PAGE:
No holiday miracle for Vulhop yet

Published 12:00 am Thursday, November 27, 2003

The Ironton Tribune

COLUMBUS - While many people dine with their families on Thanksgiving, one Ironton woman will have hers in a Columbus hospital room.

Michelle "Shelley" Damron Vulhop's waiting game continues at the Ohio State University Medical Center in Columbus. The 32-year-old Ironton woman who was born with a ventricular septum with an inverted heart valve is waiting for a double-lung and heart transplant.

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"I just want everyone to know that I'm still here," she said.

Over the years, her heart became weaker with congestive heart failure, and Vulhop was diagnosed with pulmonary hypertension six years ago. The need for the double-lung transplant exists because the pressure on her heart has weakened her lungs.

She was not expected to reach her late 20s, but has nonetheless survived. She entered the hospital in June and will remain there until the transplant is performed.

This transplant for which she is waiting will probably be the first heart and double-lung transplant performed at the OSU Medical Center.

Recently, Vulhop had what she called a "downfall". An ovarian cyst rupture caused her to lose four units of blood. In any other case, physicians would be able to perform emergency surgery, but hers were certain she could not survive it. Despite blood flooding her heart, she managed to survive.

"They just thought I was going to die," she said. "But I'm not going to give up. I've come too far to give up for some ovarian cyst."

While she was previously able to walk, Vulhop has not been able to do so now. She must also wear her oxygen at all times, she said. However, while her oxygen levels have been below normal for her entire life, they recently reached a normal level. She credits this with the prayers of friends, family and others she has met through her quest for a transplant.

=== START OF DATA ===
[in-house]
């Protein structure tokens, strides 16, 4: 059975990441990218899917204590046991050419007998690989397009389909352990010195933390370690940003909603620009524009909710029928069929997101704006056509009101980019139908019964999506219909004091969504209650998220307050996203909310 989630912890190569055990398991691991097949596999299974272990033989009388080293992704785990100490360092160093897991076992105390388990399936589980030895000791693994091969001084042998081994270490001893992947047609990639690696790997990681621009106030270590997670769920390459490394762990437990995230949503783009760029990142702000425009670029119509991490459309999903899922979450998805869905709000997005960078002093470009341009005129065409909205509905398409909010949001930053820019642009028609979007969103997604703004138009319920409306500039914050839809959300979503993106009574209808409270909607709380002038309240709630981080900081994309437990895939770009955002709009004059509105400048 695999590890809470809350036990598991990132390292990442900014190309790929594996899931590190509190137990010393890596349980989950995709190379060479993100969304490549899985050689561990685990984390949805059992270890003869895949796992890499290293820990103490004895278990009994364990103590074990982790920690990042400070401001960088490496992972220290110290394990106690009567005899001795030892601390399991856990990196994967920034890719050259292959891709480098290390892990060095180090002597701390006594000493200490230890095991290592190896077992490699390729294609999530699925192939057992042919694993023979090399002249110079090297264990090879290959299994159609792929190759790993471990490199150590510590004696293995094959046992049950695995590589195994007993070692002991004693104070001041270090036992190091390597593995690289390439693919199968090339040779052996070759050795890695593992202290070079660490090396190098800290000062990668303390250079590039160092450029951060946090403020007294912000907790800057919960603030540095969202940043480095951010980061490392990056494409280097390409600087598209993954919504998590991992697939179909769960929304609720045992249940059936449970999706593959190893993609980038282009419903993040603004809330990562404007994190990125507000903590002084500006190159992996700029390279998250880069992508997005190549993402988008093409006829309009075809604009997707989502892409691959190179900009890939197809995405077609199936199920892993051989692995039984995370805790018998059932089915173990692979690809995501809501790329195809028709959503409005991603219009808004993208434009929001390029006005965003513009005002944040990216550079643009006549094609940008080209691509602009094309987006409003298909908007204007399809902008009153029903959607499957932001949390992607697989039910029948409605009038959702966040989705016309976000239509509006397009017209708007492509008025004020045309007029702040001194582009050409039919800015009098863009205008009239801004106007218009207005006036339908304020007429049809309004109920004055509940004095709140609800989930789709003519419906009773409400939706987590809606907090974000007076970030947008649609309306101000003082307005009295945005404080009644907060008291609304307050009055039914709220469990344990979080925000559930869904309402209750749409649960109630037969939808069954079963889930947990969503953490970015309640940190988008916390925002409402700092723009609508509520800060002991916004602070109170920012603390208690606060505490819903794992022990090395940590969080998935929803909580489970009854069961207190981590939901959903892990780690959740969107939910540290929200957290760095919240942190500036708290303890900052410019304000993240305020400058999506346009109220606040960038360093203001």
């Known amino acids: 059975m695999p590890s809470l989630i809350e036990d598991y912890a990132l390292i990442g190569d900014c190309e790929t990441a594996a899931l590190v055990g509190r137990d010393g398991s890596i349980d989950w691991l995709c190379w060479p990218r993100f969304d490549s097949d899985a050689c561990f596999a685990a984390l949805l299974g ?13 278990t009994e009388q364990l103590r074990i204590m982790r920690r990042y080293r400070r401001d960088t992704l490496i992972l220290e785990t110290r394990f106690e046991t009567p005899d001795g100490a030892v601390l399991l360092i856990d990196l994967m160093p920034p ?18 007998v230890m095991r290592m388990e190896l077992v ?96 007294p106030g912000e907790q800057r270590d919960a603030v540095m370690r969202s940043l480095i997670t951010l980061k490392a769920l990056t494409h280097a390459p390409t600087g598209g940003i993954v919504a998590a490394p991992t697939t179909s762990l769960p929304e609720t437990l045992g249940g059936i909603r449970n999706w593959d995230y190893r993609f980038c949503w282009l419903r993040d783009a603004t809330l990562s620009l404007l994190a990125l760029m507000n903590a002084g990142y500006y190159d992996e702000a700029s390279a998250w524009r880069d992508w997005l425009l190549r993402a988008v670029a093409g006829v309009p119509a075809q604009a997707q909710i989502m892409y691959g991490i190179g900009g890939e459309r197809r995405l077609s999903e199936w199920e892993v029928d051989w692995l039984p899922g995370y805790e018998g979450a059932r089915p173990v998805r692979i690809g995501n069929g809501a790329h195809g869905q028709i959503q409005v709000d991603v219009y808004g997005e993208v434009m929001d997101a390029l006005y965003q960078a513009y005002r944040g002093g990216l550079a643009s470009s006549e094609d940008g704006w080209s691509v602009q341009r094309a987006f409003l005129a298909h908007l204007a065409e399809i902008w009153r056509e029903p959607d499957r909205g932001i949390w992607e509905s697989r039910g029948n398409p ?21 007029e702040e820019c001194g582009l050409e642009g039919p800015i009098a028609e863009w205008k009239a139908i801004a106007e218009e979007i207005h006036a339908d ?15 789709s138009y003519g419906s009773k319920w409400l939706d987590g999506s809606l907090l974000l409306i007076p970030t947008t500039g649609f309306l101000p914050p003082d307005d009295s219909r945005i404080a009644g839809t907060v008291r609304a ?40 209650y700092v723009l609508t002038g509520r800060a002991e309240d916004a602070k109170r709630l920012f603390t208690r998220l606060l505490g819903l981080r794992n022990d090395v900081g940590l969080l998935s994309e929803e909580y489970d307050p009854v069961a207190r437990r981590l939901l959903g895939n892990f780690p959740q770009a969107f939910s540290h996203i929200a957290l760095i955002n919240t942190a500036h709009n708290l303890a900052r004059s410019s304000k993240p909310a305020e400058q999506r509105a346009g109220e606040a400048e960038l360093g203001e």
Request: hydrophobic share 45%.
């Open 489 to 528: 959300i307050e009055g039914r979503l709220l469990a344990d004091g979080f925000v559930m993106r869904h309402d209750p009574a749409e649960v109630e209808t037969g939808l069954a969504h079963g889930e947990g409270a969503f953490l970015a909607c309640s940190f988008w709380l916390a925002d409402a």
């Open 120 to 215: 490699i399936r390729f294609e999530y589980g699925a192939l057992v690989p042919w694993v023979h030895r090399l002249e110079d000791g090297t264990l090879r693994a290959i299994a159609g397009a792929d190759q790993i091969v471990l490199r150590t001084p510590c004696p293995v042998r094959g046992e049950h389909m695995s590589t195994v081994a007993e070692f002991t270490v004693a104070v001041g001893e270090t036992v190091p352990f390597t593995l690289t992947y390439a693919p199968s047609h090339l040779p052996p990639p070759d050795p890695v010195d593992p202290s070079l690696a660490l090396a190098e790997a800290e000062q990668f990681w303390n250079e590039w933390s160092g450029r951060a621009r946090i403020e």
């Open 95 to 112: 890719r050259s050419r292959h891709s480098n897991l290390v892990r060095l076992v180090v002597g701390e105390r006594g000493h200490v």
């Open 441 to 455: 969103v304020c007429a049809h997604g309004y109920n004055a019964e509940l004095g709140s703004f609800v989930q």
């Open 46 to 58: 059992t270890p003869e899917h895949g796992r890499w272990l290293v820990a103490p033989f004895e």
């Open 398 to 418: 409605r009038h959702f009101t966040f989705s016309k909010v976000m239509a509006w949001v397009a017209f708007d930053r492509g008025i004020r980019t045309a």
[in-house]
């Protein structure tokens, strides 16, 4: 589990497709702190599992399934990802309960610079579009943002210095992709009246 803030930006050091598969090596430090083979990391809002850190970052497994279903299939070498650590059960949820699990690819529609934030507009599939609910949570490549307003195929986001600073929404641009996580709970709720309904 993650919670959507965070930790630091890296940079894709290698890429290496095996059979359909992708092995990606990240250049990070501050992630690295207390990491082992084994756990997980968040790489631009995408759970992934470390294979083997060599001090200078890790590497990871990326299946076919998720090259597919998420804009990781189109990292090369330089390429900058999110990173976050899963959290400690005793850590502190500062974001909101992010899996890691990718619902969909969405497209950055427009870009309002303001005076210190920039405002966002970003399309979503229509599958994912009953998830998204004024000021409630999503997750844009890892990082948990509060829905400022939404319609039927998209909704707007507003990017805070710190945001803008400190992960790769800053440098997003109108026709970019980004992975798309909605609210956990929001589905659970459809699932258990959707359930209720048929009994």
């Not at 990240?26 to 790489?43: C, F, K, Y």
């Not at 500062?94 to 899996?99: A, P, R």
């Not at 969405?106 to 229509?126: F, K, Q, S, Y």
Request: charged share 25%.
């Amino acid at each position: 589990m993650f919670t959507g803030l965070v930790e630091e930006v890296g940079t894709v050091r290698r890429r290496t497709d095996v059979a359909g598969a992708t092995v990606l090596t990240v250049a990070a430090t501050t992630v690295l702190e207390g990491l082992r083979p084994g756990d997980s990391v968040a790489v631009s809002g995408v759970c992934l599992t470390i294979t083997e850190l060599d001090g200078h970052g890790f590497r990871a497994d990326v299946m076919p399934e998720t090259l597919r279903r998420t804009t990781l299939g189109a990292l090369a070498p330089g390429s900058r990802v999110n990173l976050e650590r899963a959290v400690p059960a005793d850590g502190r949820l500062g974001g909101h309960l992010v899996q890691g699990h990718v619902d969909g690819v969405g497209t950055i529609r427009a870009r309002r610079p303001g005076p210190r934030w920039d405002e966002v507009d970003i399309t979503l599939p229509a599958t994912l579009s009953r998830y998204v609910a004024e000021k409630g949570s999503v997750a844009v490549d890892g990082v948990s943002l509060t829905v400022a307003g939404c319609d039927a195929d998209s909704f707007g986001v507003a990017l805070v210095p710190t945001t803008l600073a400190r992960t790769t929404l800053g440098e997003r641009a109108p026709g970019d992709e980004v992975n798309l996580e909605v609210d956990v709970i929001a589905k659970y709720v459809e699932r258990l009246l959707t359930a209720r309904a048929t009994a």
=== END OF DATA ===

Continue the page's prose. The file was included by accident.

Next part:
Her mother Rachel and fiance Larry Kinsler live in apartments for transplant patients' families, and the two have taken unpaid leaves from their jobs to stay with Vulhop in Columbus. Transplant patients, she said, also stay in those apartments for a while after their release as a precaution. Kinsler, she said, will cook Thanksgiving dinner for everyone and bring it to her room. A boy named Hosea recently arrived in the hospital, also needing a heart. She is hoping he is well enough to have dinner in her room as well. If not, someone in her family will bring him something.

An old friend recently came to visit, further brightening Vulhop's spirits. A friend she made in the hospital received a transplant and asked that his room be given to her upon his departure.

"He looked wonderful," she said. "He said, 'I think about you every day Shelley'. I said, 'I think about you all the time."

Other visitors include her aunt who sneaked her two Yorkie puppies, Smoochie and Cuddles, into the hospital in a duffel bag. The nurses, she said, are wonderful people who constantly buy presents for her. One present included two "wish bears". Judy Mulkey, Kinsler's sister, has been a huge help to both her and her fiance, staying with Vulhop even when she was at her sickest.

The Laid Back bar recently raised $670 with a bike run. Organizers of the bike run regretted they were not able to raise more money, Vulhop said, because of cold weather. However, she said she and her family are thankful for anything they receive. Kinsler's employer, the Liebert Corporation, have regularly sent collected money and care packages.

"The people he works with are so kind," she said. "Larry is a good person, and they know he would do the same for them."

Even if she were to receive her transplant by the end of the week, she would still be in the hospital through Christmas, Vulhop said. Nonetheless, she and her family are already planning to put up a Christmas tree in her room to celebrate.

Vulhop is still hoping to hear from anyone in her hometown. Her address is Ohio State University Medical Center, Rhodes Hall, Room 852, 410 West 10th Avenue, Columbus, Ohio 43210-1228.